2. I tried petpost liquid on a cotton ball daily without any success so I personally am not a fan of their tear stain solution.

  18. Pingback: Is There Anything I Can Do About My Dog’s Tear Stains? | Pets & animals

    1. Change to a species appropriate raw or homecooked fresh diet that he likes. He can tell the kibble is not good for him and wants a better food.

    2. I had the same problem with my toy poodle puppy. Finally found Canidae small breed puppy in salmon flavor, soak it in water till it softens, add chicken, scrambled egg, cottage cheese, or Solid Gold bone broth. Experiment with small amounts of any combination till you find one he likes. When he’s through teething he’ll eat better.

  19. I have a Bichon that we also found at a rescue home. When we first got him he had very bad tearing and staining. We tried many concoctions and dietary options to no avail. I did notice that he always had a lump of dry matter in the corner of each eye that resembled “sleep” that we humans can get first thing in the morning. I started to “pick” this off each morning as I thought it must be annoying to him. A miracle! In only just a week if that, his eyes started to improve and stopped weeping. We brought him home when he was a year old and is now nearly 13. He has never had any tearing or staining since I started cleaning out the “gunk” from his eyes every day without fail. He objected in the beginning but now seems to welcome it. My assumption is that I am probably unblocking his tear duct by removing the solidified build up and his eyes can now drain properly. Try it and see if this simple solution helps your dog. Kara Victoria Australia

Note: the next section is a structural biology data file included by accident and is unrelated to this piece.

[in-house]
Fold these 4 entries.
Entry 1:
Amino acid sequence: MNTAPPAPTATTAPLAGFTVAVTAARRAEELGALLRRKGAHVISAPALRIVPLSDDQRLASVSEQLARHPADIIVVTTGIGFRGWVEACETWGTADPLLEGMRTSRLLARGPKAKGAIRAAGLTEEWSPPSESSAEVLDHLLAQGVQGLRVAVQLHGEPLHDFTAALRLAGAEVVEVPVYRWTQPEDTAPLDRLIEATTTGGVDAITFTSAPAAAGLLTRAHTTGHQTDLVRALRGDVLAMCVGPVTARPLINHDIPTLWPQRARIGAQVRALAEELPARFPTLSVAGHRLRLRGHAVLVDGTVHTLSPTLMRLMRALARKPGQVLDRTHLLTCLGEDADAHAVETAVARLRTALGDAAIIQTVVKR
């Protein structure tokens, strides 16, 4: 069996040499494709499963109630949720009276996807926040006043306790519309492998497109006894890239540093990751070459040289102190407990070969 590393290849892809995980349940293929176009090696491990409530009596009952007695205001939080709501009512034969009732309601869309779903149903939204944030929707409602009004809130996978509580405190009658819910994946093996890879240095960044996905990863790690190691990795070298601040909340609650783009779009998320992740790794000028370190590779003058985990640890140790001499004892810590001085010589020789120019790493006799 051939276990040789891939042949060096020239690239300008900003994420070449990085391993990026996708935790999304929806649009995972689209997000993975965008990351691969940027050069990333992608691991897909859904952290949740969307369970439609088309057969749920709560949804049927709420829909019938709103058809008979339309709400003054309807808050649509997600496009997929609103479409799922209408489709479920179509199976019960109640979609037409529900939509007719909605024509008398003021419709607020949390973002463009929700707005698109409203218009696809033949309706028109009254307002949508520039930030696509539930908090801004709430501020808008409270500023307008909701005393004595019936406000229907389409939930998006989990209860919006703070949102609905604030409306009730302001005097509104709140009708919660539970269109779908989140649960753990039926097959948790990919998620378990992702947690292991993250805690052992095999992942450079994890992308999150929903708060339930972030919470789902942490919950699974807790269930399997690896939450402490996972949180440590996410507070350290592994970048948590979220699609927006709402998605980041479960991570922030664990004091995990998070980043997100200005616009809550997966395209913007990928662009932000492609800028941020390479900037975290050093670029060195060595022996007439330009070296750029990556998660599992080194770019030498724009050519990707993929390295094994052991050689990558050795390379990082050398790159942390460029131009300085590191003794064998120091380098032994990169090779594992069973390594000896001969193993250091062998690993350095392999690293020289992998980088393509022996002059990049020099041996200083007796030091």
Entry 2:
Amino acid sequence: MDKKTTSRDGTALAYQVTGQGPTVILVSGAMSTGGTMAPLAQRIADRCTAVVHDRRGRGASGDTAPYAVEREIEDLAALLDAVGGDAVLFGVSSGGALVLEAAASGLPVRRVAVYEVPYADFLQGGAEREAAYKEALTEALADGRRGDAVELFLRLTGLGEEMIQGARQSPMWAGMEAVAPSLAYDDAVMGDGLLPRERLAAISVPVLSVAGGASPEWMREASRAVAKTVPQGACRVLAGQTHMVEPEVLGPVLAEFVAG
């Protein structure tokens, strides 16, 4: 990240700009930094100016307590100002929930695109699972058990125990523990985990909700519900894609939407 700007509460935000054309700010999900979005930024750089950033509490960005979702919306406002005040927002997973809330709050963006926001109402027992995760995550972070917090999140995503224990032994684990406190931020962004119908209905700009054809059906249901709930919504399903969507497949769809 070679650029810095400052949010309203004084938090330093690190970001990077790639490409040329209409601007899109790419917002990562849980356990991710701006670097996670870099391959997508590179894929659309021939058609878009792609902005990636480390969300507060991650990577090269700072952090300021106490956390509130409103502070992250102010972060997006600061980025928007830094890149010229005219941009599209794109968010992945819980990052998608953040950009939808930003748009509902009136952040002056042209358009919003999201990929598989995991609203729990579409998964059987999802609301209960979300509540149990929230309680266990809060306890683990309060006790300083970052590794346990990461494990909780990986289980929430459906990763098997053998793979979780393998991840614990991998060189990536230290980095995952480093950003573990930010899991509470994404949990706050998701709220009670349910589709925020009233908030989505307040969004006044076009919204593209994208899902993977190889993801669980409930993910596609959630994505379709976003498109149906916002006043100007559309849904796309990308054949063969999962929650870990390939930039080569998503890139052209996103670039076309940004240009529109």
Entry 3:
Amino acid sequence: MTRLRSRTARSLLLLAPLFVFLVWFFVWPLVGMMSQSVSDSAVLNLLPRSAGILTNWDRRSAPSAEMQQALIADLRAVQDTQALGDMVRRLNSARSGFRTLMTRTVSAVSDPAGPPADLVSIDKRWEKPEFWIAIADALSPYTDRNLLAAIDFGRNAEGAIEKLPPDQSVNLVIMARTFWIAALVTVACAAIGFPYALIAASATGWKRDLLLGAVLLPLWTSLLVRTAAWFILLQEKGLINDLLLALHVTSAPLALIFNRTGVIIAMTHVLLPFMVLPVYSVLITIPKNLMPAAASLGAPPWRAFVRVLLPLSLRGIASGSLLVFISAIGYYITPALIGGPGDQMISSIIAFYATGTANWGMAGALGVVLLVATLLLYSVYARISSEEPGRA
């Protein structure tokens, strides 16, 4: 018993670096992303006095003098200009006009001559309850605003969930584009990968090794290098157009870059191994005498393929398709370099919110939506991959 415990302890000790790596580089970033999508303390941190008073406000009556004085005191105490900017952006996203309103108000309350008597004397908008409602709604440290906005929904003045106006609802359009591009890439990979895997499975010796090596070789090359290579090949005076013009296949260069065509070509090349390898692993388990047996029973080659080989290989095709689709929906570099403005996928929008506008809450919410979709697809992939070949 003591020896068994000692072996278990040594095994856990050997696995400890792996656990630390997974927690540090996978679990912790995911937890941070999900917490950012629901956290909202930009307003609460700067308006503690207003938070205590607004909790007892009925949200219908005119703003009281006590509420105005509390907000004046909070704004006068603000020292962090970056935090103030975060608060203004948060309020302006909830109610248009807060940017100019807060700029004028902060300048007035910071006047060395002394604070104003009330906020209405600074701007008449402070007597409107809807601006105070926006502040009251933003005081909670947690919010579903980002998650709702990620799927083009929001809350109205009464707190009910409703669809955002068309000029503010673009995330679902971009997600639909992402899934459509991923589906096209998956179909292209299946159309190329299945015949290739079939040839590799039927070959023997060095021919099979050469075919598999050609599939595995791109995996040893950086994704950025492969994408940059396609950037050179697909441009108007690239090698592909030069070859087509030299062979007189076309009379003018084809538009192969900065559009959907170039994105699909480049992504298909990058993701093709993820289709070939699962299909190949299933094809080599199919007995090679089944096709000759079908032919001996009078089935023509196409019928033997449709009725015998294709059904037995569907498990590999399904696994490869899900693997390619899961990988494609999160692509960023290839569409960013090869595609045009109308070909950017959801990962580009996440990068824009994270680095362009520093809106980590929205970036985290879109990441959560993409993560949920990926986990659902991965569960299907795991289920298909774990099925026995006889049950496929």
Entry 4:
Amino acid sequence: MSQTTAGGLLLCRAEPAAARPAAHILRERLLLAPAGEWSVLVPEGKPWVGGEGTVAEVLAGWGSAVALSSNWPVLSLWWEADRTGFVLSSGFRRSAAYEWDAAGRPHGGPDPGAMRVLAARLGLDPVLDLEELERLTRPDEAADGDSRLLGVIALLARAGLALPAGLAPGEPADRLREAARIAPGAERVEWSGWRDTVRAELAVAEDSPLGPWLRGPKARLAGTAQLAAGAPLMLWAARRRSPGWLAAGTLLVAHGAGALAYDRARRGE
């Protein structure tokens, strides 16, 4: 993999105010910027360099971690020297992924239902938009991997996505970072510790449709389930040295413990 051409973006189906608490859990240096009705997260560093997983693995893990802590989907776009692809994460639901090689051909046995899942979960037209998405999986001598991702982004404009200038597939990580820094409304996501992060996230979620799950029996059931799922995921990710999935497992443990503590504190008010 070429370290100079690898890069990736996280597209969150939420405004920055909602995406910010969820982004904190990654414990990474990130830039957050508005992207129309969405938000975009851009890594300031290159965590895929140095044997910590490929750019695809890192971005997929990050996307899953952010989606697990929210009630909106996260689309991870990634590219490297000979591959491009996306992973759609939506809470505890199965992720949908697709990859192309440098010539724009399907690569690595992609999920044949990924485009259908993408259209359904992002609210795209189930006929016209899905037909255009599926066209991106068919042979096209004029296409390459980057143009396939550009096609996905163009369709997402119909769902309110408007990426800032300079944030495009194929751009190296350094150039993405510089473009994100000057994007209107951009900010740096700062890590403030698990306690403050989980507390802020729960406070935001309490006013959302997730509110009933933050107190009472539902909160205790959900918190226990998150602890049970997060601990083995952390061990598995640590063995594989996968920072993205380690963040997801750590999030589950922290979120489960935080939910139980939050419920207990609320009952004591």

20. 3 chamomile tea bags steeped in 1/2 cup hot water. Let cool. Then apply to tear stains. May take several applications.
    Coconut oil works too.
    Tap water is the main culprit
    Use organic apple cider vinegar instead of white vinegar in water.

  21. you mention using zinc oxide ointment and baby powder made with cornstarch for removing eye stains on a dog. Are they to be used together or “either/or?”